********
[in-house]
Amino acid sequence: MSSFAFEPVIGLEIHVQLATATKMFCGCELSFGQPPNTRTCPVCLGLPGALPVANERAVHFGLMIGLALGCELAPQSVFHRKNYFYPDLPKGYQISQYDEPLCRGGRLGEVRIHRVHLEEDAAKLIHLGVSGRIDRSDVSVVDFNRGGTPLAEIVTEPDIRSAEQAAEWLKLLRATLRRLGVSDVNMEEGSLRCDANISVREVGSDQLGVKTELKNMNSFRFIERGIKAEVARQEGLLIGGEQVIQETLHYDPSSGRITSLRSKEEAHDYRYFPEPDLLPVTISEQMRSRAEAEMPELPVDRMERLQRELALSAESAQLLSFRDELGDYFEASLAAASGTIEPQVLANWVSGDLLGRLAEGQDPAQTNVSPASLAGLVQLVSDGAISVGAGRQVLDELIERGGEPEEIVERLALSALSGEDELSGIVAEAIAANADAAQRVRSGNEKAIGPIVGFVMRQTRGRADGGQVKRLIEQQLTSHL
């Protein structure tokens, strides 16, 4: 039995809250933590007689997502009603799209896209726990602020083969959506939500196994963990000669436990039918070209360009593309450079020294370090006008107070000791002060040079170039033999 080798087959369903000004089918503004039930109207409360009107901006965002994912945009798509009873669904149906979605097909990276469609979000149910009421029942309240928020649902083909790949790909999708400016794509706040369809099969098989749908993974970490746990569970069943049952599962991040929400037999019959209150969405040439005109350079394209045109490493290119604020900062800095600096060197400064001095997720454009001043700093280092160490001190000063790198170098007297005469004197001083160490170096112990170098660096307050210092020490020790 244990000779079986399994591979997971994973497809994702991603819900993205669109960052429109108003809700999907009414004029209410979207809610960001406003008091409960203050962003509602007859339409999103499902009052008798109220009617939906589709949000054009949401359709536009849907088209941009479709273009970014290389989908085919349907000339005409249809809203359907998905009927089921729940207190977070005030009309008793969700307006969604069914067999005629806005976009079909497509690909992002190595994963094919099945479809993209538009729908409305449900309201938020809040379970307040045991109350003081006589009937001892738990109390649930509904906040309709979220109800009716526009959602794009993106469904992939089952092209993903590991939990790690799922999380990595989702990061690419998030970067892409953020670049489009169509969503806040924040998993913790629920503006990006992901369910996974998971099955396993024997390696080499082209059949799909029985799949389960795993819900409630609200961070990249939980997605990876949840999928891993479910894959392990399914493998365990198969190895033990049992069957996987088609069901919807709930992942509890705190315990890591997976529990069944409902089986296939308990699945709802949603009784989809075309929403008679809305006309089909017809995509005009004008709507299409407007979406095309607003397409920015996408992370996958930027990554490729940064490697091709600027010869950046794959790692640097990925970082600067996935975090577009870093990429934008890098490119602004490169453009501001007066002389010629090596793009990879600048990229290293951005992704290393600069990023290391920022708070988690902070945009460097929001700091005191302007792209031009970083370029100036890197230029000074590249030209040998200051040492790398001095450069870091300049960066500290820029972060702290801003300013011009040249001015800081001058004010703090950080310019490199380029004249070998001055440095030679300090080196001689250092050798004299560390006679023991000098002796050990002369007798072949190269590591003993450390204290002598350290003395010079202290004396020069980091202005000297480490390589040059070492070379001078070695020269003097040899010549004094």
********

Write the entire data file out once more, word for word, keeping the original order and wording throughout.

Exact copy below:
[in-house]
Amino acid sequence: MSSFAFEPVIGLEIHVQLATATKMFCGCELSFGQPPNTRTCPVCLGLPGALPVANERAVHFGLMIGLALGCELAPQSVFHRKNYFYPDLPKGYQISQYDEPLCRGGRLGEVRIHRVHLEEDAAKLIHLGVSGRIDRSDVSVVDFNRGGTPLAEIVTEPDIRSAEQAAEWLKLLRATLRRLGVSDVNMEEGSLRCDANISVREVGSDQLGVKTELKNMNSFRFIERGIKAEVARQEGLLIGGEQVIQETLHYDPSSGRITSLRSKEEAHDYRYFPEPDLLPVTISEQMRSRAEAEMPELPVDRMERLQRELALSAESAQLLSFRDELGDYFEASLAAASGTIEPQVLANWVSGDLLGRLAEGQDPAQTNVSPASLAGLVQLVSDGAISVGAGRQVLDELIERGGEPEEIVERLALSALSGEDELSGIVAEAIAANADAAQRVRSGNEKAIGPIVGFVMRQTRGRADGGQVKRLIEQQLTSHL
């Protein structure tokens, strides 16, 4: 039995809250933590007689997502009603799209896209726990602020083969959506939500196994963990000669436990039918070209360009593309450079020294370090006008107070000791002060040079170039033999 080798087959369903000004089918503004039930109207409360009107901006965002994912945009798509009873669904149906979605097909990276469609979000149910009421029942309240928020649902083909790949790909999708400016794509706040369809099969098989749908993974970490746990569970069943049952599962991040929400037999019959209150969405040439005109350079394209045109490493290119604020900062800095600096060197400064001095997720454009001043700093280092160490001190000063790198170098007297005469004197001083160490170096112990170098660096307050210092020490020790 244990000779079986399994591979997971994973497809994702991603819900993205669109960052429109108003809700999907009414004029209410979207809610960001406003008091409960203050962003509602007859339409999103499902009052008798109220009617939906589709949000054009949401359709536009849907088209941009479709273009970014290389989908085919349907000339005409249809809203359907998905009927089921729940207190977070005030009309008793969700307006969604069914067999005629806005976009079909497509690909992002190595994963094919099945479809993209538009729908409305449900309201938020809040379970307040045991109350003081006589009937001892738990109390649930509904906040309709979220109800009716526009959602794009993106469904992939089952092209993903590991939990790690799922999380990595989702990061690419998030970067892409953020670049489009169509969503806040924040998993913790629920503006990006992901369910996974998971099955396993024997390696080499082209059949799909029985799949389960795993819900409630609200961070990249939980997605990876949840999928891993479910894959392990399914493998365990198969190895033990049992069957996987088609069901919807709930992942509890705190315990890591997976529990069944409902089986296939308990699945709802949603009784989809075309929403008679809305006309089909017809995509005009004008709507299409407007979406095309607003397409920015996408992370996958930027990554490729940064490697091709600027010869950046794959790692640097990925970082600067996935975090577009870093990429934008890098490119602004490169453009501001007066002389010629090596793009990879600048990229290293951005992704290393600069990023290391920022708070988690902070945009460097929001700091005191302007792209031009970083370029100036890197230029000074590249030209040998200051040492790398001095450069870091300049960066500290820029972060702290801003300013011009040249001015800081001058004010703090950080310019490199380029004249070998001055440095030679300090080196001689250092050798004299560390006679023991000098002796050990002369007798072949190269590591003993450390204290002598350290003395010079202290004396020069980091202005000297480490390589040059070492070379001078070695020269003097040899010549004094």